A stent is a small, stainless steel mesh tube that is place within a blood vessel after it has been widened by angioplasty.
- Stents are used to support the walls of blood vessels to prevent collapse after angioplasty.
- Stents are used to hold open blood vessels, bile ducts, or other narrowed areas blocked by tumors or other obstructions. Areas where stents most often used for this reason are:
- the esophagus, to treat blockages or narrowings that make it difficult to swallow
- the bile ducts in pancreas or liver, when an obstruction prevents bile from draining into the digestive tract
- the airways of the lungs, to treat obstructions that interfere with normal breathing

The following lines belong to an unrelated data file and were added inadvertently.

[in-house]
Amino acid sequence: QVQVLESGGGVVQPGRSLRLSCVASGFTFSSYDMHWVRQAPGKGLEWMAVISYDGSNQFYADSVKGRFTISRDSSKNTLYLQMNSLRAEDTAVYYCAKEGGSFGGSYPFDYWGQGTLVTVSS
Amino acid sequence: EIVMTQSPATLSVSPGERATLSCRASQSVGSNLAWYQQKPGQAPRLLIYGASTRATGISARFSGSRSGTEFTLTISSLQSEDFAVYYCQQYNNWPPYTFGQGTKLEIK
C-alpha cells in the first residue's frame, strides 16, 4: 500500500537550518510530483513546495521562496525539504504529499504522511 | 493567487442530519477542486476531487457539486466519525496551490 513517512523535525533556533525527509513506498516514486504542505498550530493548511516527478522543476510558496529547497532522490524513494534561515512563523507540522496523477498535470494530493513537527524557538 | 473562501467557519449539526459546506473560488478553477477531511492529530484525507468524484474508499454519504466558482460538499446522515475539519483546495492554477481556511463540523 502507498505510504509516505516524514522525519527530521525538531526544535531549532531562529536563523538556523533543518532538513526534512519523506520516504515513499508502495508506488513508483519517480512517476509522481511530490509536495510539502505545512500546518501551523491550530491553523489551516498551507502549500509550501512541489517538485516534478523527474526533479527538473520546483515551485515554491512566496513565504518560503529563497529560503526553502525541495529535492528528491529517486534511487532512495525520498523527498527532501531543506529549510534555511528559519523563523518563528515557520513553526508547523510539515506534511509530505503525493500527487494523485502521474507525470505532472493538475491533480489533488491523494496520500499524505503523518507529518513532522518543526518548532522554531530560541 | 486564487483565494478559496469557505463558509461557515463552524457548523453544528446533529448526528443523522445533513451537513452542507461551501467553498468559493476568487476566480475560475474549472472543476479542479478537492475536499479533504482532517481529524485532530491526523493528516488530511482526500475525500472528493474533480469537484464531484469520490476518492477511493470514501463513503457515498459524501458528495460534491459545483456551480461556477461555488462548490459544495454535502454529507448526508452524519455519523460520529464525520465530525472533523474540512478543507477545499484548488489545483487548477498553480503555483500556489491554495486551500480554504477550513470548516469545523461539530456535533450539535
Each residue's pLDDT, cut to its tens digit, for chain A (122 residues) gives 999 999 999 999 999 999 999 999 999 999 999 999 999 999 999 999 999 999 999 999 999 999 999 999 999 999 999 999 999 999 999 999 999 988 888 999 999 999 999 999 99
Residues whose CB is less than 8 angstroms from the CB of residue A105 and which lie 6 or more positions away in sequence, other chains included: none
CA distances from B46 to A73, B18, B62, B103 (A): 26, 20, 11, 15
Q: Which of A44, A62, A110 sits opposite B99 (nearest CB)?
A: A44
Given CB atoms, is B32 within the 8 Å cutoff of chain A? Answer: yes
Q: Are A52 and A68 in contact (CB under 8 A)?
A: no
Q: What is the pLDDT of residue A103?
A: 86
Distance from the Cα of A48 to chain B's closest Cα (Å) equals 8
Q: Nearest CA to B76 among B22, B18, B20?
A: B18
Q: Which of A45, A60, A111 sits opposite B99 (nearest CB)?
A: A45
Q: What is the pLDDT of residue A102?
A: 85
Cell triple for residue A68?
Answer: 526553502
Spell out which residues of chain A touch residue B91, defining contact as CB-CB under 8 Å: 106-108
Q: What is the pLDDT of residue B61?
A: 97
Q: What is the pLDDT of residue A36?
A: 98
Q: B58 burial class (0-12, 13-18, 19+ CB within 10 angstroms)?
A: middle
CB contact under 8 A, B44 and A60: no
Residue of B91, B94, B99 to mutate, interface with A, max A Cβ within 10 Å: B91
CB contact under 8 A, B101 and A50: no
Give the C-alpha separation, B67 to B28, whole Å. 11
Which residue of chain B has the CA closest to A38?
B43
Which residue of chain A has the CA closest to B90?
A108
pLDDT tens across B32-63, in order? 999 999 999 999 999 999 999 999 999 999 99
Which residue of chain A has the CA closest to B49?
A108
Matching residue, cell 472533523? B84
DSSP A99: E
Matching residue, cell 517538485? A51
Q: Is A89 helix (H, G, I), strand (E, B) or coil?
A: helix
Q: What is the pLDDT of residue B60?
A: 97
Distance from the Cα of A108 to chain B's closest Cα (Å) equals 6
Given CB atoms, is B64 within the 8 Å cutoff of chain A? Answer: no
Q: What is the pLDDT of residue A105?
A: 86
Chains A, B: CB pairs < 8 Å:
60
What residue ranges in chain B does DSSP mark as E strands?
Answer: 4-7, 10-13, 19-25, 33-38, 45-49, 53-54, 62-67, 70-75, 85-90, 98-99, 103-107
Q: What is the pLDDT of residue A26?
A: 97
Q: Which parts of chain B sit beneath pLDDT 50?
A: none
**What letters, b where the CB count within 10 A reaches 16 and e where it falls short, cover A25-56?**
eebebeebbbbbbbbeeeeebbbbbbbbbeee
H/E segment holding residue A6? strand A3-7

- Stents are used to treat patients with liver disease with a procedure known as TIPS. These patients often experience life-threatening bleeding because their liver is too damaged to handle the normal flow blood. The TIPS procedure creates a connection between two veins and divert the flow of blood away from the liver.
As a result of the stent placement, several points need to be brought to your attention. These points include:
- If you need to have a MRI (Magnetic Resonance Imaging) study done, it is important to let your doctor know that you can/should not have a MRI done for at least six weeks.
- The metal detector at airports or other secured areas will not alarm as you pass through.
- Before undergoing any test, x-rays, or procedures (angiogram or catheterization) on your arteries or veins, please let the doctor and assisting personnel know you have a stent in place and where the stent is located. You may need antibiotics before having certain procedures.
For any questions or concerns:
Contact the Radiology and Medical Imaging department at 434-924-9400.